A couple of weeks ago in a post, I shared a verse from one of my favourite hymns, “Blest/blessed be the tie that binds”, by John Fawcett. Like all good 18th-Century Baptists, his hymns might not be fancy or all that poetically impressive*, but they're certainly helpful and give us plenty to think on and thank God for.
There's a lovely story about John Fawcett that highlights some of what I wanted to get across about Christian love and family.
From 1765, Fawcett was pastor at a Baptist church in Hebden Bridge, Yorkshire. In 1772, he received a call from a larger and more prestigious church in London, taking over from Dr J Gill (a big name in 18th-Century Baptist circles).
He accepted the call, preached his farewell sermon, packed his wagons and was ready to go.
However, when it came to actually say goodbye to his church family, their tears over his departure and clear love for him was too much, and he knew that he couldn't leave them. Career-wise, he ought to go to London. But he couldn't leave the family he loved so dearly, and he stayed in Hebden Bridge.
He turned down offers to go elsewhere because he loved the church family God had put him in.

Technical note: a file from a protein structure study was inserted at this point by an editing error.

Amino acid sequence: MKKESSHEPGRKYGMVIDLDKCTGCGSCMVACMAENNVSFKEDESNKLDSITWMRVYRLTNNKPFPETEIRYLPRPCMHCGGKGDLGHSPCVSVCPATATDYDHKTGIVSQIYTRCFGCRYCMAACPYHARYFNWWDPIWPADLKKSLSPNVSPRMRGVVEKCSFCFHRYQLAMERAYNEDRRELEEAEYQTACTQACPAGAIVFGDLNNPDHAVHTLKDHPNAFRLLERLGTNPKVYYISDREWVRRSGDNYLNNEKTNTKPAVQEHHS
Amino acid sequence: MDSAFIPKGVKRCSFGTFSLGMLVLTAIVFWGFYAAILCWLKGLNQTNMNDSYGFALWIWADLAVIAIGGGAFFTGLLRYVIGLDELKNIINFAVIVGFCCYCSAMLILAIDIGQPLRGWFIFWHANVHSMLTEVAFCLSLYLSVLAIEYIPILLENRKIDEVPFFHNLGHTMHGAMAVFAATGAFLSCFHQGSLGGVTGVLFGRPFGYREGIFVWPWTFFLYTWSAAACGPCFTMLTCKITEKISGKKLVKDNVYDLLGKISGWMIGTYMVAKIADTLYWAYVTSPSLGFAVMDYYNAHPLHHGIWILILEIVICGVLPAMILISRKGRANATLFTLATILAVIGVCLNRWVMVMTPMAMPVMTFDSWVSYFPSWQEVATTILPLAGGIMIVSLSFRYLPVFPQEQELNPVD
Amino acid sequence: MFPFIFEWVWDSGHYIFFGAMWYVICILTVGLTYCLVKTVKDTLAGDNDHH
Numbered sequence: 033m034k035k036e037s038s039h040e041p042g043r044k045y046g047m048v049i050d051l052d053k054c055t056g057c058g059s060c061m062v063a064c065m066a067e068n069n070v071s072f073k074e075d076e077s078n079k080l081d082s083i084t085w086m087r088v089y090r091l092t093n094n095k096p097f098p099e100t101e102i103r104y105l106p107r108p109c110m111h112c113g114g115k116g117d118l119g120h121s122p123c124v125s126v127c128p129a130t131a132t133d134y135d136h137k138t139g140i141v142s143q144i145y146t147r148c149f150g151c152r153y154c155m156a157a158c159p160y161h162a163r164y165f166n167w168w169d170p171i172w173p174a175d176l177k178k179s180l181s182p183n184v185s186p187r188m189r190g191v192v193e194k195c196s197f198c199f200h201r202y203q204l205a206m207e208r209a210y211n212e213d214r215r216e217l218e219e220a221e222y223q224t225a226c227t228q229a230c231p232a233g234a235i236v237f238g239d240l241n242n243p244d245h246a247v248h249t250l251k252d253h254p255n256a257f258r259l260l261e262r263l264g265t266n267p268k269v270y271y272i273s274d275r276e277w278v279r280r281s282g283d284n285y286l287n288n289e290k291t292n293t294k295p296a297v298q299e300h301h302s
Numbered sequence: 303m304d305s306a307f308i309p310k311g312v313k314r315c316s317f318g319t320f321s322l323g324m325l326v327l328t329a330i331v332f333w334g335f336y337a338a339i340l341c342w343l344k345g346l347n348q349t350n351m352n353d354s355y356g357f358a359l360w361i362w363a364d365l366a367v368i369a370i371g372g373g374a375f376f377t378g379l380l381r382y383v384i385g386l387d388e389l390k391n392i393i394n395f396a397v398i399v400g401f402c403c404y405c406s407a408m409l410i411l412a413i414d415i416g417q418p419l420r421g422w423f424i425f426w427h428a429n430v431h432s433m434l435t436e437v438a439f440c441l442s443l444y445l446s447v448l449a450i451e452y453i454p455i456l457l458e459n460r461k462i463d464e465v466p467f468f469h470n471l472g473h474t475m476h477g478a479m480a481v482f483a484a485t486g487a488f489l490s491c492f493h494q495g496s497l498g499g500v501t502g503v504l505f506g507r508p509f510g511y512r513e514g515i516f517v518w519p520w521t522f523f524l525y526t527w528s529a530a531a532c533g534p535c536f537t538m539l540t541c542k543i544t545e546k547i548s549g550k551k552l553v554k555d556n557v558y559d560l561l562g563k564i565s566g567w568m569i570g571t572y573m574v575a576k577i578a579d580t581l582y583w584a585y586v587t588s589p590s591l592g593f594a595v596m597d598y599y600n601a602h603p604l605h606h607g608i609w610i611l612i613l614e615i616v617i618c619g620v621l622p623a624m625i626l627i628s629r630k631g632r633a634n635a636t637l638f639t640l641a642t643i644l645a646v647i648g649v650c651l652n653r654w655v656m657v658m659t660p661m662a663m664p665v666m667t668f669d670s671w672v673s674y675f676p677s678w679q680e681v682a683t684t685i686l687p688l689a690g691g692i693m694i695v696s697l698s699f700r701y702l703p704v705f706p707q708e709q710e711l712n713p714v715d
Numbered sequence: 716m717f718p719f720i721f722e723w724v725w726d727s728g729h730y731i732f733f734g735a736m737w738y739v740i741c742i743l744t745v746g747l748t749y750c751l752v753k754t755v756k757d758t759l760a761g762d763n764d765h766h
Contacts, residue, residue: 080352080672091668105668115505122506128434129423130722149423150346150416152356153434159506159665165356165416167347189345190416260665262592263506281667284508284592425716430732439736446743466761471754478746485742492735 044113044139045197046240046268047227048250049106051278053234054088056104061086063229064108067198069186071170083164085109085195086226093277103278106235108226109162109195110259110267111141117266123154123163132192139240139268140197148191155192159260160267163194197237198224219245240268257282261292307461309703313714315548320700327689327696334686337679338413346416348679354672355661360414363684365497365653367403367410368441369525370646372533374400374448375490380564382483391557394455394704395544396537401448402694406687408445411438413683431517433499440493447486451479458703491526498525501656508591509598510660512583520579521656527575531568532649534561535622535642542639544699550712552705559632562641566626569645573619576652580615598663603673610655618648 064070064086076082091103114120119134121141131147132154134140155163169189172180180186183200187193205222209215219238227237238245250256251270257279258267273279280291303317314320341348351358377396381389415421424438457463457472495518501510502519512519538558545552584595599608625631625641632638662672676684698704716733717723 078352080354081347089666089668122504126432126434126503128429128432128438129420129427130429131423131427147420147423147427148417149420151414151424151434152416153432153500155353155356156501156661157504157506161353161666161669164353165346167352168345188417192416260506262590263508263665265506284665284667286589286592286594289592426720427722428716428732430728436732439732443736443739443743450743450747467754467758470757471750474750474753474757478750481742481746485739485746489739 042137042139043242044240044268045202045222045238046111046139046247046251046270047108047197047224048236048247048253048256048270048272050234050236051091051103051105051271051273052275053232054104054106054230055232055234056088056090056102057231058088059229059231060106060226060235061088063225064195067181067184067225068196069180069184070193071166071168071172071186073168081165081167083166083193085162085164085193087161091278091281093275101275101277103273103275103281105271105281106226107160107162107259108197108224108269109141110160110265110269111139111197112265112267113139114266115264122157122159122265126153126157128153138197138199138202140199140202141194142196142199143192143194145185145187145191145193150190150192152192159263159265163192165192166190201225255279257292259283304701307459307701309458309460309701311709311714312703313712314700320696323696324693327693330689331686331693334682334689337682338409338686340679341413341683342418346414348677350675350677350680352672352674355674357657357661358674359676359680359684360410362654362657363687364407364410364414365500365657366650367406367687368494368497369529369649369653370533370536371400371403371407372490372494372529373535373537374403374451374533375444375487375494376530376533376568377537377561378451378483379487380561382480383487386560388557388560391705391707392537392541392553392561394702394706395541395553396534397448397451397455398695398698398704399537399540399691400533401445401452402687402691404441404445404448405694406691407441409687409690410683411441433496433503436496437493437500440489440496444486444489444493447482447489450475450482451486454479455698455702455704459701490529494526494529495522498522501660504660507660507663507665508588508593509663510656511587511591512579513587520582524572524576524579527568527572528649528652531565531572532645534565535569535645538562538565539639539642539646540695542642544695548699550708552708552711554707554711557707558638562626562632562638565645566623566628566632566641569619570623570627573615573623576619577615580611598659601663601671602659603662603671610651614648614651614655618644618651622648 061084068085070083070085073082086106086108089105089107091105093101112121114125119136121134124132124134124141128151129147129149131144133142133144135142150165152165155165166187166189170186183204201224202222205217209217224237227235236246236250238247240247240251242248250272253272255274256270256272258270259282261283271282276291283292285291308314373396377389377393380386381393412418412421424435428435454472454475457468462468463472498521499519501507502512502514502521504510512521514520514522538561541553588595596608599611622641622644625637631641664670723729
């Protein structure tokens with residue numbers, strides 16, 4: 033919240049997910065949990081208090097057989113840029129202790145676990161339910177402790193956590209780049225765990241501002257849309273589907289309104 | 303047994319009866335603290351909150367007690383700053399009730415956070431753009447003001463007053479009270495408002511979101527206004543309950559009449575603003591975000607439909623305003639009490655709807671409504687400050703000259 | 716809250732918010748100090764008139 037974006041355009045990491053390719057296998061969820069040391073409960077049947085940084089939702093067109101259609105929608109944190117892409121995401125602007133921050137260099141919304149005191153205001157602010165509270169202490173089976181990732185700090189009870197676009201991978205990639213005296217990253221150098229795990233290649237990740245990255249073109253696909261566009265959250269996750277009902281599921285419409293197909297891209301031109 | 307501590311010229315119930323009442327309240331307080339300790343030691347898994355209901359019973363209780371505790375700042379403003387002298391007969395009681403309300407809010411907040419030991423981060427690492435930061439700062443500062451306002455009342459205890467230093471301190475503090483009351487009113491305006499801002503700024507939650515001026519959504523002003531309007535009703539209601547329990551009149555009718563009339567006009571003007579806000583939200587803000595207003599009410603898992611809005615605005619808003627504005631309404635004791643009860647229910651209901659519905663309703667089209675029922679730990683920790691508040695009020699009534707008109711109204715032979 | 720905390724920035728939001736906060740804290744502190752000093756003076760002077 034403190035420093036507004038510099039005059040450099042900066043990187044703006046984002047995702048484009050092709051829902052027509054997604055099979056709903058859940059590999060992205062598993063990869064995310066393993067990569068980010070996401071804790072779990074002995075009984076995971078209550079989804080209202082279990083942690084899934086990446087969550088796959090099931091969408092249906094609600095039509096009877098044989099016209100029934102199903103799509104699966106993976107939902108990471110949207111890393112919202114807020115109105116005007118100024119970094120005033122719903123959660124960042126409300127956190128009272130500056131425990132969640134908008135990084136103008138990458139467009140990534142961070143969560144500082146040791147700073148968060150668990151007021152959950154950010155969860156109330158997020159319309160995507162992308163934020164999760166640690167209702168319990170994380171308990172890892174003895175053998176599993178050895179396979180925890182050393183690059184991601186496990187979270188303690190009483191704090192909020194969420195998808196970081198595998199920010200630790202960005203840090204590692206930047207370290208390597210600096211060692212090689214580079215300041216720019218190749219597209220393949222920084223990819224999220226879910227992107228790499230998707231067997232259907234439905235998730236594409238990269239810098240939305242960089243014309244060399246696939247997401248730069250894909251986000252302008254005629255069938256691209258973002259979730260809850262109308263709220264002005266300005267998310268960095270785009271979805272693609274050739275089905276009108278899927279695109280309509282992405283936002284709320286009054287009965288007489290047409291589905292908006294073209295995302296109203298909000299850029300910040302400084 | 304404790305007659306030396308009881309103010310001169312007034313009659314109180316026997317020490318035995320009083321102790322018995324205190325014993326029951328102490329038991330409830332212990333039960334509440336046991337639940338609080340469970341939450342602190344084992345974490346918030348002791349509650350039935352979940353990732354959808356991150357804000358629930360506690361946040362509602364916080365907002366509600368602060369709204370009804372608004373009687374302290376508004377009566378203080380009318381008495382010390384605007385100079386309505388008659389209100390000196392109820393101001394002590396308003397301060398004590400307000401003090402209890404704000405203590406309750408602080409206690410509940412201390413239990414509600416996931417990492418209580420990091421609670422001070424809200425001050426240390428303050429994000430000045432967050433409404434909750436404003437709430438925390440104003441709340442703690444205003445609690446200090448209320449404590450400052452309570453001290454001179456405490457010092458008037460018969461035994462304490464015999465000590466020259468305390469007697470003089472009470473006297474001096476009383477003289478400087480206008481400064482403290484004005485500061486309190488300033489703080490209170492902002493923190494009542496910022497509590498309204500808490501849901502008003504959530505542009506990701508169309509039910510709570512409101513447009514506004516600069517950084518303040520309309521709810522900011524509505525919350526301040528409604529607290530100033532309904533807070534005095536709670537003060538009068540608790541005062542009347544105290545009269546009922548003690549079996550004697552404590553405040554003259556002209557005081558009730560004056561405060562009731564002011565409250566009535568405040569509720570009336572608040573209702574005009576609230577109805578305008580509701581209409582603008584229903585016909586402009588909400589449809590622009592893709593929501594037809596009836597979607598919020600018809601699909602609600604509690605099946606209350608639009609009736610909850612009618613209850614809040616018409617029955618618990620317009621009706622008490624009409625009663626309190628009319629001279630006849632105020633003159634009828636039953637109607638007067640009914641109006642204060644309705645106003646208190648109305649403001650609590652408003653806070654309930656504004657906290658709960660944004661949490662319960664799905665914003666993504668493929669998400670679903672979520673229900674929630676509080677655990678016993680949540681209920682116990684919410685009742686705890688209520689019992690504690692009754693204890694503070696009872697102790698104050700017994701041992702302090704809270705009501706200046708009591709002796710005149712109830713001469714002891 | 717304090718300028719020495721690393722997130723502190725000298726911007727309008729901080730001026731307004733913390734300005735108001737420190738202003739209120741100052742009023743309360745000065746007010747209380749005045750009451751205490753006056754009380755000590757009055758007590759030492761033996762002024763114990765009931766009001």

It's strange how close a local church can grow. We don't always get on, we don't always like each other, humanly speaking – we wouldn't have anything in common if it weren't for our shared Christian confession.
And yet, God throws us together like a mismatched ensemble cast of a Hollywood action comedy (although I suspect it wouldn't go down well if I suggested in a members' meeting changing the church name to “Hogan's Heroes,” “The Dirty Dozen” or “The Magnificent Seven”. Grace Baptist Church Ulverston will have to do).
As we serve alongside each other; as we share the Good News of Jesus; as we sing to our great God and read His Word (the Bible) together; for all our differences, we find ourselves drawing close. We really are a family – we wind each other up, yes. We hurt each other sometimes, yes. But we can't help but love each other.
It takes real effort to work at this, but what a lovely thought: To be so in love with each other because of Jesus that you can stand by the moving van, ready to leave it all behind, only for the tears of your brothers and sisters to prove them too precious to leave.
*Hymns are sometimes criticised by Literary “Experts” for the weakness of their poetic structure, or else just because of their practical purpose for public singing. These “experts” seem to write as if people only wrote hymns because they weren't good enough to get their poetry published, which – along with being a little pretentious – is plain rubbish: There are plenty of hymn writers who deliberately “toned down” the poetry of their hymn tunes so that flowery language wouldn't get in the way of people singing to God and each other. Compare Isaac Watts', William Cowper's or Ann Steele's hymns with their poetry – these men and women were poets, but they were also wise enough to realise that hymns are songs to be sung with understanding by ordinary people. Hymns ought to be “eminently spiritual and practical”.